Leading lady Marta leads by example

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MINOR SPOILERS.

When viewers last saw Janet King in 2014 it was a high-risk gamble as a spin-off from the unsuccessful Crownies.

Focussed on the work and domestic life of crown prosecutor Janet King (Marta Dusseldorp), and aided by a darker tone, the show succeeded for the ABC.

2 years later the series returns, with King now heading up a Royal Commission into gun crime but with partner Ash (Aimee Pedersen) no longer part of her home life.

Yet while Janet remains one of the few gay females in a central drama role, there are still issues to address beyond the procedural elements, that remain important to its marquee star.

“She’s in a very different place but she’s not a victim of crime,” Dusseldorp explains. “She’s survived that, in her mind, and she is a warrior stepping forward into her next challenge which is to run this very important Royal Commission. But this of course is a challenge from the Attorney General which has personal elements involved which play out right to the end.

“There is a fantastic side story which I won’t reveal because it’s so complicated, but it has to do with Ash’s sister. It was one of my favourite strands to play.

“It’s unexplored territory and it has to do with same-sex marriages, and how they are seen in the law, especially when one of the partners is deceased. It becomes a very muddy area and has a lot of pain for Janet. It’s not right and we all know that. This has to be smoothed out in our own legal system in Australia.

“I’m hoping it’s satisfying and frustrating for people, because it should be. All of this should be put in law.”

With Janet now a single mother, does it open the story to new romantic possibilities?

“I think it might, which is a beautiful thing for lots of different reasons. We were in a 9 year relationship with 9 month year old twins. So you see the true side of any relationship, same-sex or not, when you’re dealing with that amount of chaos and change in the family home.”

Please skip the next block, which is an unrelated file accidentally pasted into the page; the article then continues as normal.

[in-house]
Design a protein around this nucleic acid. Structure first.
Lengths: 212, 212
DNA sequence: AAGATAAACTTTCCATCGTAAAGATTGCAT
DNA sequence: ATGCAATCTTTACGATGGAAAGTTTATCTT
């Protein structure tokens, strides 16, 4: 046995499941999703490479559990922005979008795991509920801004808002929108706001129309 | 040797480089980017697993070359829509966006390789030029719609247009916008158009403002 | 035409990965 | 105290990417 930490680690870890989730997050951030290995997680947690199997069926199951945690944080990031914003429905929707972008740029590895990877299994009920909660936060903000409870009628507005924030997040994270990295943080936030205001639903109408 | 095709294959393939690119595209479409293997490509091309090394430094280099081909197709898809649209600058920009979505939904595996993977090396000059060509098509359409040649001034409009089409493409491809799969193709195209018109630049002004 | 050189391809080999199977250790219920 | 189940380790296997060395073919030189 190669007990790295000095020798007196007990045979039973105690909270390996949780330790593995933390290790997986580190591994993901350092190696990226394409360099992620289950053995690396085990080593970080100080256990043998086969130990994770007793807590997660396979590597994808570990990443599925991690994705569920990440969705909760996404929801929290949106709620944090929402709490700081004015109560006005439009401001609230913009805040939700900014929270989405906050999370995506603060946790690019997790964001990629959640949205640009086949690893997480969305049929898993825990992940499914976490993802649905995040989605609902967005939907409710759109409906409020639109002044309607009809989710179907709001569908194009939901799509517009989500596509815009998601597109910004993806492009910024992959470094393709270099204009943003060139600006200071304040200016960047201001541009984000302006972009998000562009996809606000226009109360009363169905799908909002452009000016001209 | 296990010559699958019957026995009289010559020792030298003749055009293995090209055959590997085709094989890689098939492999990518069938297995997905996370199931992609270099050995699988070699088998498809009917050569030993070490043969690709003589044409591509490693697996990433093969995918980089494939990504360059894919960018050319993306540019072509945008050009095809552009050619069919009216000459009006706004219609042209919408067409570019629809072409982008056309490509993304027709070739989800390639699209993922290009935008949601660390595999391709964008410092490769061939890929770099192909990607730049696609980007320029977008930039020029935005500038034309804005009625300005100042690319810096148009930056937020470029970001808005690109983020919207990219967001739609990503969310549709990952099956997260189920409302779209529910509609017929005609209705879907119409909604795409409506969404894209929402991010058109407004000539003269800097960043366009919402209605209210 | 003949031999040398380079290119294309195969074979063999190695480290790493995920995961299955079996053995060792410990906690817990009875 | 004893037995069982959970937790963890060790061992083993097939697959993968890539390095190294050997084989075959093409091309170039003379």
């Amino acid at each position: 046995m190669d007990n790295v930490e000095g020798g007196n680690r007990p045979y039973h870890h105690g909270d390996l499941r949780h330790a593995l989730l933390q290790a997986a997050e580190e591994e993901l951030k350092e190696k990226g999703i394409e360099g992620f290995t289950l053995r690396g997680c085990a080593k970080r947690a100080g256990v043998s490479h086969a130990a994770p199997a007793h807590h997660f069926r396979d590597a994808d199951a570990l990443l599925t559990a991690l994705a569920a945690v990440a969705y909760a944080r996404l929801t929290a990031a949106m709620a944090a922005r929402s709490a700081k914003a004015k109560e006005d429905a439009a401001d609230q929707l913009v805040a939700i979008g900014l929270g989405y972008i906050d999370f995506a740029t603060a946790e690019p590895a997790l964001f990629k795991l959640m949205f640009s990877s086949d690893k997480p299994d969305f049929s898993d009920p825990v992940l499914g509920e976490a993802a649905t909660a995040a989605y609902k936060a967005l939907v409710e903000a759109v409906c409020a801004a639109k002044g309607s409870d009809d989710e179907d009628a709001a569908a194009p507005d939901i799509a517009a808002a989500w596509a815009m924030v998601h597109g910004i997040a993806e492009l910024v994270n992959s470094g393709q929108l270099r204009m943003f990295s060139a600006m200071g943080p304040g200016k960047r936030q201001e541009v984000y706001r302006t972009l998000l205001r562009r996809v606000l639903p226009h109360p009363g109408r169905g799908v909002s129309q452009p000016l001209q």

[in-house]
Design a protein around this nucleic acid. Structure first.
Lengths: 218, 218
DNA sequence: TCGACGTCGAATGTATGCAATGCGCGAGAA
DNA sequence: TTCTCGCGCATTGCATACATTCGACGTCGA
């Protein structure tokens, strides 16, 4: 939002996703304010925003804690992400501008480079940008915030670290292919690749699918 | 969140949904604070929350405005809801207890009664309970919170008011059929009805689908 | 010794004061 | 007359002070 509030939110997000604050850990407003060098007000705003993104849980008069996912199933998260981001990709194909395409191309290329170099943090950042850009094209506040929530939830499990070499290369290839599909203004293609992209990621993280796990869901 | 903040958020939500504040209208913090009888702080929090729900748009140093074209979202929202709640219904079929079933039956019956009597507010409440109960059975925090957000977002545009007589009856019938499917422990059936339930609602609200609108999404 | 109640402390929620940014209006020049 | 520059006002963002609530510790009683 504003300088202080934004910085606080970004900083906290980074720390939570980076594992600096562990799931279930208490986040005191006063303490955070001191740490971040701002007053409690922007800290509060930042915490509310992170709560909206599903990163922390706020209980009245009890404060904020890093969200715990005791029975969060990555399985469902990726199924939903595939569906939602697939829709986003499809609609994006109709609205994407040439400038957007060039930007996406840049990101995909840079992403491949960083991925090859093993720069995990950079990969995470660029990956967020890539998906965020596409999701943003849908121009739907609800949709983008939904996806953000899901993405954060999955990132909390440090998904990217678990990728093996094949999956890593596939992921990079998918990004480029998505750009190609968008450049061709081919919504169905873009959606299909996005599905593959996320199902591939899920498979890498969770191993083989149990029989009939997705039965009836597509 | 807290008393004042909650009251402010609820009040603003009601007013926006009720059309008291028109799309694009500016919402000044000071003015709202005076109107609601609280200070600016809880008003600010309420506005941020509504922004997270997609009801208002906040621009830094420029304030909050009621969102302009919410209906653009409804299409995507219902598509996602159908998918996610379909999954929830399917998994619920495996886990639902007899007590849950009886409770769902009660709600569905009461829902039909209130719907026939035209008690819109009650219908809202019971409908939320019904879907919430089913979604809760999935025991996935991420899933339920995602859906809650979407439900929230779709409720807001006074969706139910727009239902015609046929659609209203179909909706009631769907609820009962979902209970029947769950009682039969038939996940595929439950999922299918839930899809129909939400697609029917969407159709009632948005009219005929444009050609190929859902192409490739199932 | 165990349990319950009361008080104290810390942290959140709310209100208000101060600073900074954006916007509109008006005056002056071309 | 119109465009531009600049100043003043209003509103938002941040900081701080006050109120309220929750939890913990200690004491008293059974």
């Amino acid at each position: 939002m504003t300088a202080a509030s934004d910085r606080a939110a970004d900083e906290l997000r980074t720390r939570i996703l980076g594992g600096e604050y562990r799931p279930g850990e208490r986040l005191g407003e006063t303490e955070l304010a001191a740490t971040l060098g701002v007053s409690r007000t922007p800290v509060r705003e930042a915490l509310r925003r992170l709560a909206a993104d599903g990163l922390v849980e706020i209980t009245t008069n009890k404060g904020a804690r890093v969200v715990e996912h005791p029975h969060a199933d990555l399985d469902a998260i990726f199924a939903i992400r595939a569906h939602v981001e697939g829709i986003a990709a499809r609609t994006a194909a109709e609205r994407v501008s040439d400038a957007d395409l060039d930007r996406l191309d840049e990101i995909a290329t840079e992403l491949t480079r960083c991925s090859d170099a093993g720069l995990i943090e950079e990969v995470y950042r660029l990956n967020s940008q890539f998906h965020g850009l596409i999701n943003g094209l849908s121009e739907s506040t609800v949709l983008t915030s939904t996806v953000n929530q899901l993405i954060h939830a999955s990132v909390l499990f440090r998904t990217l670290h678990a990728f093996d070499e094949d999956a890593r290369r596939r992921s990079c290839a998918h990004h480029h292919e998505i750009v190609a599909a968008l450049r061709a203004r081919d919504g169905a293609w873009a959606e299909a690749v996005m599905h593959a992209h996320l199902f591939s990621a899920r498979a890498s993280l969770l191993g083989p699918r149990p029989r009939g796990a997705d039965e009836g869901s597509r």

Dusseldorp is regarded as one of the busiest actors on our screens, with lead roles in two other dramas, Jack Irish and A Place to Call Home, as well as narrating Hatch, Match & Dispatch.

“For me, Janet is my only real lead show. A Place to Call Home is an intertwining web of different men and women who have their own stories. Mine is a part of that tapestry. Maybe in the beginning it came through her eyes because she had to bring them all together but it’s morphed into a complicated puzzle,” she suggests.

“In Janet the responsibility is to know your stuff, really. I try to lead by example –coming prepared but being open to suggestion and spontaneity. That’s how really great drama is made –when you don’t know what’s going to happen when you’re shooting.

“The three shows that keep popping back up for me I have been doing for a long time. I’ve been lucky enough to work with people like Andrew Knight, Ian Collie, Greg Haddrick, Screentime, David Ogilvy, Bevan Lee, Channel Seven and Foxtel. They are really strong motorers of Australian drama.”